Category Archive: Exhibits

Global initiatives virtually commemorate the Holocaust — in a very real way

Meaningful social media campaigns by Israel’s Yad Vashem and the World Jewish Congress make history and remembrance accessible to all ages

World-ort-CROPIt is remarkable to feel a connection with someone you’ve only met online. Even more so when he has been dead for the past 75 years. And yet, a random matching program on Yad Vashem’s IRemember Wall connects between a Facebook user and victim of the Holocaust in a deeply personal way.

For this writer, the name Chaim Gindel was drawn from the museum’s Central Database of Shoah Victims’ Names. He was born to David and Leja in Ołyka, Poland, in 1928. He was a 14-year-old student when he was murdered in the Shoah. His cause of death is unknown.

The too-short story is recounted on a Page of Testimony that was submitted in 1997 by a surviving cousin in Woodmere, New York. If interested, that handwritten page can be viewed, as well as the names of his siblings who also perished in the Holocaust.

Somehow, after pairing with this once anonymous stranger, the concept of the “6 million” is less about a quantifiable number and more a short hand for a collective of individual humans.

“Many, if not most people, don’t have a particular person or name that they know and commemorate,” said Dana Porath, Yad Vashem’s Internet Department Director.

Yad Vashem, Israel’s Holocaust memorial, is one of several museums and institutions tapping into the potential of online presence and social media campaigns to raise awareness among an audience that increasingly has little first-person contact with the horrors of the Holocaust.

“We realized in the last couple of years, particularly in social media, that people want to do something more participatory. It’s fine to read, learn and explore, but with the opportunity to engage with a particular topic or issue, people really want to do something,” said Porath.

Porath, who was a Jewish educator for 15 years in North America before moving to Israel, began working at Yad Vashem in 1994 and joined the fledgling internet department in 1999. Today, the museum’s online presence is robust and growing.

“In 1999 I don’t know that we really had any expectations, we couldn’t envision what could happen and what the possibilities were,” said Porath. In addition to the myriad of educational materials, the museum has presented some 150 curated online exhibitions — currently “Last Letters From the Holocaust: 1941” — and dozens of social media projects.

Five years ago, Yad Vashem began the IRemember Wall project in which participants are linked with specific names of victims. The algorithm is purposefully random, because, said Porath, “Every victim deserves to be remembered.”

The project is held only once a year for International Holocaust Remembrance Day. Said Porath, it becomes “a collective experience” that combines the wall and the comments it garners. She said she expects to reach at least 3,000 participants this year.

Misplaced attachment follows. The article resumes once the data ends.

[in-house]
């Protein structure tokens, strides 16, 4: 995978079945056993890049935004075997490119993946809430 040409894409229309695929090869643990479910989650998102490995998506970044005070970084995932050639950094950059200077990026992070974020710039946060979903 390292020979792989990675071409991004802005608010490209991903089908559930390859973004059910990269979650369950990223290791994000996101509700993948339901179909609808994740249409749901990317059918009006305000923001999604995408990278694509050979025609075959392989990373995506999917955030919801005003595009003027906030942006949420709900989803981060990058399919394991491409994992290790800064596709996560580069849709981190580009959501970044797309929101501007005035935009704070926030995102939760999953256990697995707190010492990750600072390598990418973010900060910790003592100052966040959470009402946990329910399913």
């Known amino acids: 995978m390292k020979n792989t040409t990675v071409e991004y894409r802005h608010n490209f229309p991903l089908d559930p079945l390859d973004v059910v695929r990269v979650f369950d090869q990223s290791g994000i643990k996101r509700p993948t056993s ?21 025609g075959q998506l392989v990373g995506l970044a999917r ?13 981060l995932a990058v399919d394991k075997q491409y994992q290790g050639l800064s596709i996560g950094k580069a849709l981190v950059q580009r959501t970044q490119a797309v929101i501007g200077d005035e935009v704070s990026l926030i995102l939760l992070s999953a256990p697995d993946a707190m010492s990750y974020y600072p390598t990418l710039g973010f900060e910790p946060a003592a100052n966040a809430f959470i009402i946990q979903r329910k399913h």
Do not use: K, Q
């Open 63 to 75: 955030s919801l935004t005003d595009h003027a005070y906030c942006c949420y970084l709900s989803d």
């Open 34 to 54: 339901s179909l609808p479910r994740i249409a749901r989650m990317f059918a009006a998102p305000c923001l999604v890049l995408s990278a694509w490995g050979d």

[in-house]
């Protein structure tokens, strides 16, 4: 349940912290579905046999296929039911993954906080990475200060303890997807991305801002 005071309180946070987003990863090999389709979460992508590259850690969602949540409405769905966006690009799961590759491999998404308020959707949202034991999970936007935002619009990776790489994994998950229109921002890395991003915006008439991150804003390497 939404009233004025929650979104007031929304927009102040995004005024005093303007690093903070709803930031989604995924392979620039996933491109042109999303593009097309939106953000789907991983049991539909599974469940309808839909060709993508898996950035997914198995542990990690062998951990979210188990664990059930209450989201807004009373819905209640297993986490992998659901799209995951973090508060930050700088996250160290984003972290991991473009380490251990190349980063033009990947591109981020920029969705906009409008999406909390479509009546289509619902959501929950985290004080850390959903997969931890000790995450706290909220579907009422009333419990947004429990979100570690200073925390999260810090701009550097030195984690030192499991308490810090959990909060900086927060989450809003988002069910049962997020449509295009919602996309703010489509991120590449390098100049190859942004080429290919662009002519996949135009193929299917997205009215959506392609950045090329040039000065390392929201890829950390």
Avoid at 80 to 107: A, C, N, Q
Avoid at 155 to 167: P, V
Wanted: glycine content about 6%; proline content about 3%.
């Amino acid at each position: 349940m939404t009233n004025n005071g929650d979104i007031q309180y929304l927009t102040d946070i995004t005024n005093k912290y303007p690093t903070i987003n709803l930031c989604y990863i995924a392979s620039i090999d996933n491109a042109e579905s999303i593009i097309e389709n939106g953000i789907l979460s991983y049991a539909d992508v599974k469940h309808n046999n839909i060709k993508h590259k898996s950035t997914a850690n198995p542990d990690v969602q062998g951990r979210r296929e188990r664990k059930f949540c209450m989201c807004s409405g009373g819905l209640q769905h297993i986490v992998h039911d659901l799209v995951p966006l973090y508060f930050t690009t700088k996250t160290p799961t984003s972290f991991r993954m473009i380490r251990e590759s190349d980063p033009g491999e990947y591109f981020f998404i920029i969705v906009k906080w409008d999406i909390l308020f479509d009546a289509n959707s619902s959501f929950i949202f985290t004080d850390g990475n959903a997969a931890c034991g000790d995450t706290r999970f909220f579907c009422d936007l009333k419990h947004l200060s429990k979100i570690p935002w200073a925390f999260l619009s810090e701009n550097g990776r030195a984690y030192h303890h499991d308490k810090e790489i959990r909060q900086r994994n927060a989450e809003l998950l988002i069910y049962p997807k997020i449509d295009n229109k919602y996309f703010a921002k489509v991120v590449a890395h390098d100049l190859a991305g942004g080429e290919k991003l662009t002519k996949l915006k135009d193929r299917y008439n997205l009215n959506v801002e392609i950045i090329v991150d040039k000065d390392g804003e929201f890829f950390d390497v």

“The possibilities created by technology have allowed us to reach out and engage in ways we couldn’t imagine,” said Porath.

Prompting the next generation’s memory

Leading up to International Holocaust Remembrance Day, some 250,000 posted on social media using the hashtag, “#WeRemember” — from New York Senator Chuck Schumer to Dr. Ruth Westheimer to French philosopher Bernard Henri-Levy. Some 120 million were reached in the World Jewish Congress campaign, according to a spokesperson. The international organization represents Jewish communities in 100 countries.

“The goal is to reach those who don’t know much about the Holocaust, or who might be susceptible to those who deny it, and to remind the world that such horrors could happen again,” said World Jewish Congress CEO Robert Singer.

Singer said that through the tools of social media, WJC hopes to engage the youth, “because, soon, it will be their responsibility to tell the story and ensure that humanity never forget.”

The project was adopted by Jewish schools around the world, with many pupils creating short films that were posted and shared widely.

Stefan Bialoguski, the public relations officer for World ORT, said that well over 1,000, “perhaps in the thousands,” of students in schools and colleges across the former Soviet Union, Israel and Europe took part. World ORT claims to be the largest global Jewish education and vocational training NGO.

“The energy which World ORT students have devoted to the #WeRemember project should reassure us that not only has the history of the Holocaust been passed on intact to a new generation, despite the worst attempts of deniers, but also that our children are unbowed by the weight of what happened to our people within living memory,” Bialoguski told The Times of Israel.

A 3D virtual ‘eyewitness to history’